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Gumbo in SF or east bay?

I can't find any current discussions about soul food in the SF or east bay.

Does anyone have recommendations for soul food restaurants, esp ones that regularly serve gumbo (probably all soul food restaurants serve gumbo)?

Thanks for any tips!

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    1. re: Robert Lauriston

      Robert -

      Thanks for the link!

      Many of the strings are a few years old, but NOLA .... Kitchen in Concord looks promising.

    2. More NOLA than soul food, but Queens on San Bruno Ave has excellent gumbo.

      http://queenslouisianapoboy.com/

      7 Replies
      1. re: Civil Bear

        It seems that whenever I ask a question on chowhound I learn that I didn't ask my question well. This time is no exception.

        I admit that I don't understand the differences between 'soul food', 'NOLA' (is that "New Orleans LA food"?), etc.

        I took a look at your link and reviews of it, and now I need to go there!

        Thanks very much for the reply.

        1. re: SimSportPlyr

          I suppose New Orleans food could be thought of as soul food specific to that region (gumbo, jambalaya, red beans & rice, beignets, etc.).

        2. re: Civil Bear

          Queens is highly recommended for an excellent gumbo (as well as Po Boys, Abita beer, ...

          Farmer Brown does good soul food (cat fish!) and a fine gumbo also.

          1. re: Thomas Nash

            I read up on Queen's just now, and it appears to have great gumbo.

            I googled and found a couple Farmer Brown's: Mason St and Rich St. Do you recommend both?

            Thanks.

            1. re: SimSportPlyr

              Mason is the main restaurant I was thinking of. A small fried chicken and waffles take out is a branch called Little Skillet on Rich St.

        3. Gumbo, red beans and rice, beignets, etc., all would have been classified as "Creole Food" when I was growing up and living in New Orleans in the 50's 60's and in to the 70's. The cuisine crossed color lines, with haute Creole at places like Galiatiore's and Dooky Chase and many great down home neighborhood establishments like Buster Holmes (on Burgundy), and Wise Cafeteria. The cooks in most restaurants (and many homes), regardless of the color of the diners, were African Americans and their influence was felt throughout, along with Spanish, French and even Italian influence in varying proportions. Some places were more soulful than others, but I don't recall encountering anything called "soul food" until I travelled to other parts of the South and Midwest and to urban centers in other parts of the country. There was little bar-b-q and no shrimp and grits or fried green tomatoes in NOLA in those days, and Cajun food, a country cousin to Creole, was hard to find until the arrival of K-Paul in the mid 70's. The now famous Willie Mae's serves soul food, but she was from Mississippi! Not sure what qualifies as "NOLA food" these days, what with the growing culinary influence of the local Vietnamese community, and the influx of Mexicans, Central Americans and hipsters adding to the post Katrina "gumbo". The melting pot lives on!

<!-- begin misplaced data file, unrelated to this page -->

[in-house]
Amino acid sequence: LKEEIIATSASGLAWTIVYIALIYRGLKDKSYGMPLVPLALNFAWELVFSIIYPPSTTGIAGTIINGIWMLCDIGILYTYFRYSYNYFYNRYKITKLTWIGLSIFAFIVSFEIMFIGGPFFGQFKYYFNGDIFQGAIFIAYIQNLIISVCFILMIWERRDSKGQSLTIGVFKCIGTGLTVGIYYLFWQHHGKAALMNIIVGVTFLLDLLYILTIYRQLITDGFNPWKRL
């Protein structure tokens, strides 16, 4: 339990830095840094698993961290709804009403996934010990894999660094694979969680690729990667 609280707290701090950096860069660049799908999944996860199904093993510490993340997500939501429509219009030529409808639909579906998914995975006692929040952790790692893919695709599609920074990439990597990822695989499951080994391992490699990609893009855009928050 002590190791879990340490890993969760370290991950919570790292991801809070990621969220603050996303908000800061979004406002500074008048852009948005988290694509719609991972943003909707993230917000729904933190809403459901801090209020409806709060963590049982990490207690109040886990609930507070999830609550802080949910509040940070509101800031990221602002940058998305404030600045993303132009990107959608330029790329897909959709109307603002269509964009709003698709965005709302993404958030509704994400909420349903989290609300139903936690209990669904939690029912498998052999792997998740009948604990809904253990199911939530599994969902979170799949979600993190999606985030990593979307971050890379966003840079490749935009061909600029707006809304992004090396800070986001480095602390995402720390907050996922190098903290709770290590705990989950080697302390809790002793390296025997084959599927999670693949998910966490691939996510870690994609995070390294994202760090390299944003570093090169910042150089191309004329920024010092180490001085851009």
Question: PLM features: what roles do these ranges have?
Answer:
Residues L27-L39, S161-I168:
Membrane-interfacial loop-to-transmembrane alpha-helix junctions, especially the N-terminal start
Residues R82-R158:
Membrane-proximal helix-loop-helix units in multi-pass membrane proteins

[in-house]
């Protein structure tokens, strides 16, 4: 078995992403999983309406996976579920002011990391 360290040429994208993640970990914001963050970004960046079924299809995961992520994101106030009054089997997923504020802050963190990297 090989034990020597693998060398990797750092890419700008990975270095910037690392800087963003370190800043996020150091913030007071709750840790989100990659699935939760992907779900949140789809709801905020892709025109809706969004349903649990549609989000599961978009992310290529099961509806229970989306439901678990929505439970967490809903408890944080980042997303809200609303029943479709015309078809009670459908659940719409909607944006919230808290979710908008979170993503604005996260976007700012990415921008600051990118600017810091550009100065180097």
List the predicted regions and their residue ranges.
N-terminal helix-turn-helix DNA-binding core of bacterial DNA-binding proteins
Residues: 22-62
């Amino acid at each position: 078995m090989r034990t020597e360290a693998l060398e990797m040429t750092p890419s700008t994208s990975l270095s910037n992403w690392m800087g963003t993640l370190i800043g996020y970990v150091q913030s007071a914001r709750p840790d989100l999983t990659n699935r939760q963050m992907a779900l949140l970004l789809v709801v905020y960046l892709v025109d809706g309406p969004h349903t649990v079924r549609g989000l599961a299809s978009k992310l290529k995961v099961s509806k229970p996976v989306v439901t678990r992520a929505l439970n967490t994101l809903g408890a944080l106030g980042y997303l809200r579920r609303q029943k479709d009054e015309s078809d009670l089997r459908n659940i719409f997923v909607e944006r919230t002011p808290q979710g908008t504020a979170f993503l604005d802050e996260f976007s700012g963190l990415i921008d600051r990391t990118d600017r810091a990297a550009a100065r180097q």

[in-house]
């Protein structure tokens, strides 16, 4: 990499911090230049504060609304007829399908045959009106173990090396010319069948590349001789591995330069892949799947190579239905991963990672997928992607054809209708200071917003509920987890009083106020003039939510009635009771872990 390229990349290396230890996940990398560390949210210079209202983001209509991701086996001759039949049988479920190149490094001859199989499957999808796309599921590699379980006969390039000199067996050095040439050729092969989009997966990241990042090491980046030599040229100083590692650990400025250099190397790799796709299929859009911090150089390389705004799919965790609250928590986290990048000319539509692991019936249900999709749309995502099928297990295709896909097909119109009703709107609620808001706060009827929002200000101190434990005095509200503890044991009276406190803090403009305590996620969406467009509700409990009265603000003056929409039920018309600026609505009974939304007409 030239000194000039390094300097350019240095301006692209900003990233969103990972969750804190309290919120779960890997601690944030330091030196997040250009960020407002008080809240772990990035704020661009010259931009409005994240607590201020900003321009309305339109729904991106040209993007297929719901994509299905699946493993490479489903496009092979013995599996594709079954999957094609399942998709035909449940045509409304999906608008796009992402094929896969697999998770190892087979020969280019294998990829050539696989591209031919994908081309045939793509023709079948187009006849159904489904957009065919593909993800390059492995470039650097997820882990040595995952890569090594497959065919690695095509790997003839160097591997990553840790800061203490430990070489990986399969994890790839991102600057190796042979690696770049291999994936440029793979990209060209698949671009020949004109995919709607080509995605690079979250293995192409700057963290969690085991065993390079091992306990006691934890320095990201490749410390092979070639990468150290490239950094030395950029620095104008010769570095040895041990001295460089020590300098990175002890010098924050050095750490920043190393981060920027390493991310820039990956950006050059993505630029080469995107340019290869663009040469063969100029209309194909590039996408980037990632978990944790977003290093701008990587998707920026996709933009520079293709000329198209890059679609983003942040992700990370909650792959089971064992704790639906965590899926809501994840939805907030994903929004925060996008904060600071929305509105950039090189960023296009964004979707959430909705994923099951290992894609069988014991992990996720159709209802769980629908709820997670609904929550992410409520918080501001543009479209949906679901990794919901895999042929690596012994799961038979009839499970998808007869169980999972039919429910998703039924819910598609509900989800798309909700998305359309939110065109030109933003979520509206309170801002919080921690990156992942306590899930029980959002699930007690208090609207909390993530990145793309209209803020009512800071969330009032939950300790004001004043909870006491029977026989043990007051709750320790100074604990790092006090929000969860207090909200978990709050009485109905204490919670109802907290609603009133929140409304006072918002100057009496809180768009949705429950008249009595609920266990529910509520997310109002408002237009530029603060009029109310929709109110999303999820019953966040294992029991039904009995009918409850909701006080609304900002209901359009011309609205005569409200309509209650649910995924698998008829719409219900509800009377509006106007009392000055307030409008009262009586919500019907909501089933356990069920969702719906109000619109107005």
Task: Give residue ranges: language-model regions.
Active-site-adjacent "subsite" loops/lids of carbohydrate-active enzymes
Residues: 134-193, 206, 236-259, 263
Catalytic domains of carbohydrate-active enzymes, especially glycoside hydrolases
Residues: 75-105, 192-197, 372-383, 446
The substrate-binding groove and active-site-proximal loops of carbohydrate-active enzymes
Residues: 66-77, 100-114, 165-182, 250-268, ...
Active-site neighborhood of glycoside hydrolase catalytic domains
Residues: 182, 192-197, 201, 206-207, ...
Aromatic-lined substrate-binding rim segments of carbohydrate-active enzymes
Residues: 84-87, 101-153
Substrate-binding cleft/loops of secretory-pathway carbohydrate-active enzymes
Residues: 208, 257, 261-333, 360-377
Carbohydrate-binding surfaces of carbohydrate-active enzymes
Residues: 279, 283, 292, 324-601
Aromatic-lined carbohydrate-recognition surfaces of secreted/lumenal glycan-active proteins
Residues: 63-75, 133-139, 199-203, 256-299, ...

5 Replies
          1. re: gumbolox

            gumbolox, thanks for the history lesson. Very interesting!

            I'm a late-comer to this type of food, as you can probably tell.

            I've had some Southern/comfort/soul food in the past and liked it, but I had gumbo for the first time a couple months ago on Florida, and it was heavenly! The broth was very dark, darker, I think, than called for in many gumbo recipes I've found online.

            I've made gumbo a couple times in the past two months, once using Zatarain's mix, and I had good results, but not close to the amazing experience I had in Florida.

            1. re: SimSportPlyr

              Gumbo recipes often start with a very dark roux.

              1. re: Robert Lauriston

                Robert, I'm sure you're right, since you know a lot more about this than I do.

                I've read some gumbo recipes that recommend using a roux that is the color of a penny. I'm not sure whether penny-color is what you mean by 'dark'.

                The gumbo I had in FL was much darker than that. Maybe this gumbo used a darker-than-typical roux, but I don't have enough experience to know. The FL gumbo I had was certainly much darker than my gumbo when I used Zatarain's mix, in case you happen to be familiar with that mix/color.

                  1. re: Robert Lauriston

                    Robert, that's interesting reading. Thanks.

          2. I ordered in from Red Crawfish a couple of months ago and their gumbo was awful. I didn't have high expectations but it was one of the worst I've had.

            1 Reply
            1. re: OliverB

              OliverB, thanks for the warning. It appears that there are better options.

              1. re: Robert Lauriston

                Robert, great suggestion. I'll give Angeline's a try! Thanks.

                1. re: SimSportPlyr

                  Angeline's gumbo is pretty good, but Queens is better, IMO. Queens also has the very dark roux you are looking for.